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Thyroid Conditions and Their Effects On You

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Your thyroid, an endocrine gland, makes hormones. It is shaped like a butterfly and sits in your neck, just above your collarbone. The underproduction or overproduction of thyroid hormones can lead to health conditions and weaken the delicate balance of your metabolism.

It may be surprising to know that of the millions suffering with thyroid diseases, most people who suffer from thyroid diseases in the United States are women. The results of having a thyroid disease include an inefficient use of energy. Either your body will use it more slowly or more quickly than it should.

Women are five to eight times more likely to have thyroid dysfunction than men, and many have it without ever realizing they do. Many women chalk up their fatigue, depression or low energy to other circumstances and conditions, for example. The ATA (American Thyroid Association) estimates that more than half of thyroid conditions remain undiagnosed.

Hypothyroidism is more common, and this is when the gland is not active enough. This condition can make you feel sluggish and cause you to gain weight. It can also make you feel tired and have trouble with colder temperatures. On the other hand, if you have hyperthyroidism, it means your thyroid is too active. It is producing too much hormone.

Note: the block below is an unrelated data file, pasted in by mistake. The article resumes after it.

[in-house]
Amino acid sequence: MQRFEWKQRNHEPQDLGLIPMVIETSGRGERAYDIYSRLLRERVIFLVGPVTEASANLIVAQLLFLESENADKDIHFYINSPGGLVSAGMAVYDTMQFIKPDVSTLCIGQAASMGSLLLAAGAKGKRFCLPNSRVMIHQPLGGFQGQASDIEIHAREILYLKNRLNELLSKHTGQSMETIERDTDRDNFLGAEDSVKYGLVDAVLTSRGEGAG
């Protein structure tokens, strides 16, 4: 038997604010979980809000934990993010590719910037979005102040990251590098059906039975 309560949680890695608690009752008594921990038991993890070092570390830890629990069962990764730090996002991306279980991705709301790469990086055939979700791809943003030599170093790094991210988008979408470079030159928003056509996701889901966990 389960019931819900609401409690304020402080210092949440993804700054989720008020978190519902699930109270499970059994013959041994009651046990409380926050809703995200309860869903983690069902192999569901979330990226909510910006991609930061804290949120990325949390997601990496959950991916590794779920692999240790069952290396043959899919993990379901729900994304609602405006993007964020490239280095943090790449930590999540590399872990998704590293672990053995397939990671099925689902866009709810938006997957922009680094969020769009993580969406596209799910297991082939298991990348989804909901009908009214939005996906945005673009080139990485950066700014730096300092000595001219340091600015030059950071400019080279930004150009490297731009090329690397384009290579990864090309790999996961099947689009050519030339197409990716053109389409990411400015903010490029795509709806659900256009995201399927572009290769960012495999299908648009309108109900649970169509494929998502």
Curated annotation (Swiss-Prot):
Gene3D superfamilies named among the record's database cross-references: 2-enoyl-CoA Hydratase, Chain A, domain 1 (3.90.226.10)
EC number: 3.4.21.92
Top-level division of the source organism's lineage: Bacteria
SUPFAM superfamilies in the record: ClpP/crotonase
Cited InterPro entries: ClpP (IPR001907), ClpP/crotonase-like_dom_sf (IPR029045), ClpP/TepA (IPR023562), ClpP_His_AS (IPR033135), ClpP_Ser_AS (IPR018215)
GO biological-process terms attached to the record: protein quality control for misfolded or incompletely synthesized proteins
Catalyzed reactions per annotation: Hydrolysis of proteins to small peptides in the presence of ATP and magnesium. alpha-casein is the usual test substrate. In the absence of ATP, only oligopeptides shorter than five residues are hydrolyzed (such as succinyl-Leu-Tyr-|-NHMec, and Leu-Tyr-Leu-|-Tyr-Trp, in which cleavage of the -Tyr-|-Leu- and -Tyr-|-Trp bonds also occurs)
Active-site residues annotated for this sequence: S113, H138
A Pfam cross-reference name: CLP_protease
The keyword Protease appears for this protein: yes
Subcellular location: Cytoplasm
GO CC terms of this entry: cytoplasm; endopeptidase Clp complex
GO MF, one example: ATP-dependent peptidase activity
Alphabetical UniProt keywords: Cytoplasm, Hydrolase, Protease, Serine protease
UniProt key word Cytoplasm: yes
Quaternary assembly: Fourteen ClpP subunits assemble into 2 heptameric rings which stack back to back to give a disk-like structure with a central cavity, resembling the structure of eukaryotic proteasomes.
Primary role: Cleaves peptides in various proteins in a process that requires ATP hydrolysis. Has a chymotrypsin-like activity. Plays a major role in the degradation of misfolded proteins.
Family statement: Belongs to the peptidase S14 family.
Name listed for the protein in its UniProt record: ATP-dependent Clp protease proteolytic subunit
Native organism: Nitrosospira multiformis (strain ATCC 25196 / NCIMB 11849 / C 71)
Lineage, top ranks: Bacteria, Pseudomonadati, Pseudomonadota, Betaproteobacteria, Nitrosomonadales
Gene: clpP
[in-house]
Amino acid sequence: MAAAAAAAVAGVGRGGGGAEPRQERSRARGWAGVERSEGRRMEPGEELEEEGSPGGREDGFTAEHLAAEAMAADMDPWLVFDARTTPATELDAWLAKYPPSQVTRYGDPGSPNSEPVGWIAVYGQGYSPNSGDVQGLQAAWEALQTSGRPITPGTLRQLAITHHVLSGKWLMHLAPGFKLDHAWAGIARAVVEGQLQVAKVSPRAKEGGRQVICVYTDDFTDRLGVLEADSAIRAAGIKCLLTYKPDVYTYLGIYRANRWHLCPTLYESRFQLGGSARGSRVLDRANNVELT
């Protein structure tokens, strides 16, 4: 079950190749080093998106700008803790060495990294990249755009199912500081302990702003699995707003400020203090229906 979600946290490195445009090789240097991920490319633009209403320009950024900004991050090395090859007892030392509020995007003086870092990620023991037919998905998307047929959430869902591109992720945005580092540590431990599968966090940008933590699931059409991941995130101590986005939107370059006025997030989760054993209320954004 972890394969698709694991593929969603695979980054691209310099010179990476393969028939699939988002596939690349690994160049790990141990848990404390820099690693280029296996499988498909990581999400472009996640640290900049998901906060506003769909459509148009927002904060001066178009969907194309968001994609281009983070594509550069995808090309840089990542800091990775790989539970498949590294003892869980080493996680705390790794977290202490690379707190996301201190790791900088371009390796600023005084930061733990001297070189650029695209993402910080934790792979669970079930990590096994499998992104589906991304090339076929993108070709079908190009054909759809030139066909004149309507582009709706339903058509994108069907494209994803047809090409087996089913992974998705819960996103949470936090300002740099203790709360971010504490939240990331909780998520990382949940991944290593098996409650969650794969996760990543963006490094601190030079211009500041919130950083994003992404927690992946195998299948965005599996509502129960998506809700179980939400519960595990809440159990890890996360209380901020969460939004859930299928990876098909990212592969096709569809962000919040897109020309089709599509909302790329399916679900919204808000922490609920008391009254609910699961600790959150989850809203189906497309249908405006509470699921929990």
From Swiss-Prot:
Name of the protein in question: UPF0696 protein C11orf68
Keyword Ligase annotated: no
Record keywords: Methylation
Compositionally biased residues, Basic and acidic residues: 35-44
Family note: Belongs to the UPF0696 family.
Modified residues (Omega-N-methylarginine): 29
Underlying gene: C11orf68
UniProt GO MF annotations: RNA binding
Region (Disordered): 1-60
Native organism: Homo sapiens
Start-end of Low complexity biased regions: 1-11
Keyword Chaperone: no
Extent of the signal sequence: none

Symptoms of this condition include weight loss, a speedy heart rate, and a sensitivity to hotter temperatures. There are many causes for both conditions. Treatment involves trying to reset your body's metabolism to a normal rate.

The most common example of hyperthyroidism is Graves' disease. According to MayoClinic.com, the attack of the immune system on the thyroid gland causes the disease to develop. It is the extra hormones that are released during the attack which increase the metabolism. The resulting symptoms may include increased appetite, weight loss, nervousness.

The thyroid gland is also responsible for thyroid disorders in children. The California Pacific Medical Center estimates that one in 4,000 births will be prevalent of congenital hypothyroidism, a condition which occurs before your child is born.

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We value and respect our HERWriters' experiences, but everyone is different. Many of our writers are speaking from personal experience, and what's worked for them may not work for you. Their articles are not a substitute for medical advice, although we hope you can gain knowledge from their insight.

Thyroid Conditions

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